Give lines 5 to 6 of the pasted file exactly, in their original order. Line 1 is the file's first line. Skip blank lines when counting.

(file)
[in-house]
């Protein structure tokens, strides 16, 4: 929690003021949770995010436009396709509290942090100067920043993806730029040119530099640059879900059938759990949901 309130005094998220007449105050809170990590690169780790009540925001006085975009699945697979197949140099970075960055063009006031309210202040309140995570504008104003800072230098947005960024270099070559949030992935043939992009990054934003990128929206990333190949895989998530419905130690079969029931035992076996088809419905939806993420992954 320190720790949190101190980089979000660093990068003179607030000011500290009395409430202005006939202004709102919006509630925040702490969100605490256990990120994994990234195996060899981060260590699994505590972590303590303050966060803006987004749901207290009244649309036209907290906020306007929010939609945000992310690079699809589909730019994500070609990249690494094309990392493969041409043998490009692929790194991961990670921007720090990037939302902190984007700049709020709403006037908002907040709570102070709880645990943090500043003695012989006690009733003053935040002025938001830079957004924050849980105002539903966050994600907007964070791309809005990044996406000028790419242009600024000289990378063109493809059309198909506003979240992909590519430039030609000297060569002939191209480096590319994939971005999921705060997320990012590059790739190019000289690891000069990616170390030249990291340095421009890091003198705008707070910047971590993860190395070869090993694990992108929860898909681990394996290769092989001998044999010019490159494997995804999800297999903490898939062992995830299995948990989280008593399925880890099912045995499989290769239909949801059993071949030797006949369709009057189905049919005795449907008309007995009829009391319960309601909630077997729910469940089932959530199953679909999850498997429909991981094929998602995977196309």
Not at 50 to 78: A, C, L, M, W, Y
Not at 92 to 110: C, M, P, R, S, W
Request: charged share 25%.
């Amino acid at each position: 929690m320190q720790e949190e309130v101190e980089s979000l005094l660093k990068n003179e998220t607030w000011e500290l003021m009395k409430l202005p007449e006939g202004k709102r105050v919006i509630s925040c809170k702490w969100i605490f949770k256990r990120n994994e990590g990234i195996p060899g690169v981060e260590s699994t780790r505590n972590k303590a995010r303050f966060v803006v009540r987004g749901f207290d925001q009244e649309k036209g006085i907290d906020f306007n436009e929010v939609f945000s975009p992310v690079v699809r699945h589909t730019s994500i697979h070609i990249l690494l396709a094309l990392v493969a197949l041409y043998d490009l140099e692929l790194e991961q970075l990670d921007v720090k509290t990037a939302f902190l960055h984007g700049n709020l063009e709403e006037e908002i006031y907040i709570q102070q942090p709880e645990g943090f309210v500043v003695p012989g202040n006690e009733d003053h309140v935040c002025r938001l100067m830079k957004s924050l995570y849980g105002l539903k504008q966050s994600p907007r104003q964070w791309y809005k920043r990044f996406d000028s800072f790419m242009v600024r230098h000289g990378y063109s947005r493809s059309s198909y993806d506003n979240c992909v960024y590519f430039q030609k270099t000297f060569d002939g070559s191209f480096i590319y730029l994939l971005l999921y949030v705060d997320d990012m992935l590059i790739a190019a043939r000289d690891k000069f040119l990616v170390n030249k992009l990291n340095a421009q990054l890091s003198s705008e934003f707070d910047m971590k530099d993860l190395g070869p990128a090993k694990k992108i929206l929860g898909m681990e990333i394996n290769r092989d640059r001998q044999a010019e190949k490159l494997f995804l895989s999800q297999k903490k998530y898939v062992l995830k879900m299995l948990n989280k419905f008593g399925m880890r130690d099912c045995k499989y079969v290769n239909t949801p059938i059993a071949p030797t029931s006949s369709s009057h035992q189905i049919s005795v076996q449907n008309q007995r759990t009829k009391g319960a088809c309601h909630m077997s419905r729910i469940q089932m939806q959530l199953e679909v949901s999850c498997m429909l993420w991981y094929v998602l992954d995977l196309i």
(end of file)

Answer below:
Request: charged share 25%.
């Amino acid at each position: 929690m320190q720790e949190e309130v101190e980089s979000l005094l660093k990068n003179e998220t607030w000011e500290l003021m009395k409430l202005p007449e006939g202004k709102r105050v919006i509630s925040c809170k702490w969100i605490f949770k256990r990120n994994e990590g990234i195996p060899g690169v981060e260590s699994t780790r505590n972590k303590a995010r303050f966060v803006v009540r987004g749901f207290d925001q009244e649309k036209g006085i907290d906020f306007n436009e929010v939609f945000s975009p992310v690079v699809r699945h589909t730019s994500i697979h070609i990249l690494l396709a094309l990392v493969a197949l041409y043998d490009l140099e692929l790194e991961q970075l990670d921007v720090k509290t990037a939302f902190l960055h984007g700049n709020l063009e709403e006037e908002i006031y907040i709570q102070q942090p709880e645990g943090f309210v500043v003695p012989g202040n006690e009733d003053h309140v935040c002025r938001l100067m830079k957004s924050l995570y849980g105002l539903k504008q966050s994600p907007r104003q964070w791309y809005k920043r990044f996406d000028s800072f790419m242009v600024r230098h000289g990378y063109s947005r493809s059309s198909y993806d506003n979240c992909v960024y590519f430039q030609k270099t000297f060569d002939g070559s191209f480096i590319y730029l994939l971005l999921y949030v705060d997320d990012m992935l590059i790739a190019a043939r000289d690891k000069f040119l990616v170390n030249k992009l990291n340095a421009q990054l890091s003198s705008e934003f707070d910047m971590k530099d993860l190395g070869p990128a090993k694990k992108i929206l929860g898909m681990e990333i394996n290769r092989d640059r001998q044999a010019e190949k490159l494997f995804l895989s999800q297999k903490k998530y898939v062992l995830k879900m299995l948990n989280k419905f008593g399925m880890r130690d099912c045995k499989y079969v290769n239909t949801p059938i059993a071949p030797t029931s006949s369709s009057h035992q189905i049919s005795v076996q449907n008309q007995r759990t009829k009391g319960a088809c309601h909630m077997s419905r729910i469940q089932m939806q959530l199953e679909v949901s999850c498997m429909l993420w991981y094929v998602l992954d995977l196309i």